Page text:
Yeast orchid fertilizer: here is a homemade natural fertilizer recipe for orchids that works well

Orchids are mostly plants that do not grow in soil. So the question arises about the effectiveness of fertilizing with all kinds of household products, such as coffee, milk or cut bananas. Experts say that a good natural fertilizer should be water-based without solids and well-fermented for immediate nutrient uptake. Know that it is a myth to put coffee or eggshells in your orchid’s jar. It will not be able to absorb these nutrients because it is a very special flower.

The natural version is much more effective and is yeast orchid fertilizer. Yeast is the most effective natural fertilizer that contains many B vitamins. The perfect balance of these substances promotes the growth of plant roots, making them stronger and easier to transplant.

What is a good natural fertilizer for orchids?

fertilizzante naturale orchidea lievito casa piante dosaggio ricetta

Natural fertilization a bit more complicated than simply dumping an organic matter into the soil of plants. This requires a holistic ecosystem with healthy communities of microorganisms, the right temperature, moisture and time to break down the large nutrient molecules in organic matter into smaller chemical molecules before they can be absorbed by the plant’s roots. The principle of organic fertilization is to feed the soil rather than the plants.

Microbes in the soil can take 3 weeks to a few months to metabolize large molecules of organic matter such as protein into smaller molecules. But because orchids do not grow in soil, the way to naturally fertilize epiphytic orchids should not be aimed at feeding the soil for release. On the contrary, immediate release of nutrients is necessary. In addition, what makes natural fertilization more difficult for orchid growers is the approach that most orchids are grown indoors is not natural to its original habitat. This includes:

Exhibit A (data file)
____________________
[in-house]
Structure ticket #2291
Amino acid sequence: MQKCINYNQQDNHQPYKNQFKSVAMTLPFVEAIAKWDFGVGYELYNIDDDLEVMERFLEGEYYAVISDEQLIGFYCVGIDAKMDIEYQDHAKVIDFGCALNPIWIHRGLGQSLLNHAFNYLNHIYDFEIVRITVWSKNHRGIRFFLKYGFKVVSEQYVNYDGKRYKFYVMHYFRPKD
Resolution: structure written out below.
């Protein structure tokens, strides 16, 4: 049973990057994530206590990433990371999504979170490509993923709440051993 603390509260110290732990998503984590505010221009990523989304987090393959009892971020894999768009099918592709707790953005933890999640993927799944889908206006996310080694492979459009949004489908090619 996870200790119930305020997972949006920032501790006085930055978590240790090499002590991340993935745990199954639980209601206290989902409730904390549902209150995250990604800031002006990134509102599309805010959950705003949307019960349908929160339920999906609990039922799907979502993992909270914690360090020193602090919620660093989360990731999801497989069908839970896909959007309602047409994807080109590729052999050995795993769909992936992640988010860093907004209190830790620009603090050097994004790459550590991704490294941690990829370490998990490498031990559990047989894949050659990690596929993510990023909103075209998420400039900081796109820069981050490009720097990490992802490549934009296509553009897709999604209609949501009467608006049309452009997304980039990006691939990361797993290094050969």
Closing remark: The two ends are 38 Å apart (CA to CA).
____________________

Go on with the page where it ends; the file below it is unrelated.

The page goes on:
growing potted orchids

Growing orchids in the home

Growing orchids in a medium of moss and bark

rinsing or soaking orchids periodically to prevent salt buildup on the roots

change the environment every 2 years to prevent decay and root rot

Yeast orchid fertilizer: the recipe

Quale fertilizzante orchidea lievito pianta ricetta liquido uso fatto in casa in vaso

A good natural fertilizer suitable for growing orchids indoors should be water-based to facilitate the rapid release of nutrients. Follow these notes to prepare the recipe for yeast dressing:

1 kilogram of yeast diluted in 5 liters of water.

Dilute the solution with water in the ratio 1: 10 before use.

If you have dry yeast instead of the usual yeast:

Count 10 grams per 10 l of warm water.

Add two tablespoons of sugar

Let the mixture stand for a few hours.

Usually, this solution is used to water flower beds, vegetables, fruit trees and berry and orchid shrubs.

Myths about natural fertilizers for orchids

Miti quale fertilizzante orchidea lievito pianta ricetta liquido uso fatto in casa in vaso

There is nothing wrong with fertilizing plants naturally, as natural fertilizers work well for plants. But many people make it sound too simplistic. Below, I will tell you about the problems with some myths of these commonly recommended natural fertilizers to avoid orchid maintenance mistakes.

Coffee: The use of coffee to fertilize orchids is one of the main myths. Coffee works well as a fertilizer for garden plants with soil. But not really for indoor orchids. Are coffee grounds good for indoor plants? Especially for fertilizing orchids this poses several problems. It can clog the foam medium, reducing airflow to the roots and thus increasing the risk of root rot.

In addition, coffee grounds take a long time for the protein to be broken down by microbes and release its nitrogen for root uptake. Again, epiphytic orchids do not grow in soil, so it is questionable whether there are enough microbes, if at all, around the roots to break down the nitrogen. Coffee grounds can also attract midges and decaying pests.

Eggshells: There are recommendations for cooking eggshells, grinding them into a powder and then spraying them on orchid leaves or applying them directly to the substrate. The claim is that burnt eggshells provide orchids with calcium phosphate. The problem is very similar to that of coffee grounds. Eggshell powder can clog the medium of the orchid, reducing airflow to the roots. And applying eggshell powder to leaves will not work, because the protein molecule is too large to pass through the leaves’ tiny pores. So, beware of the myths.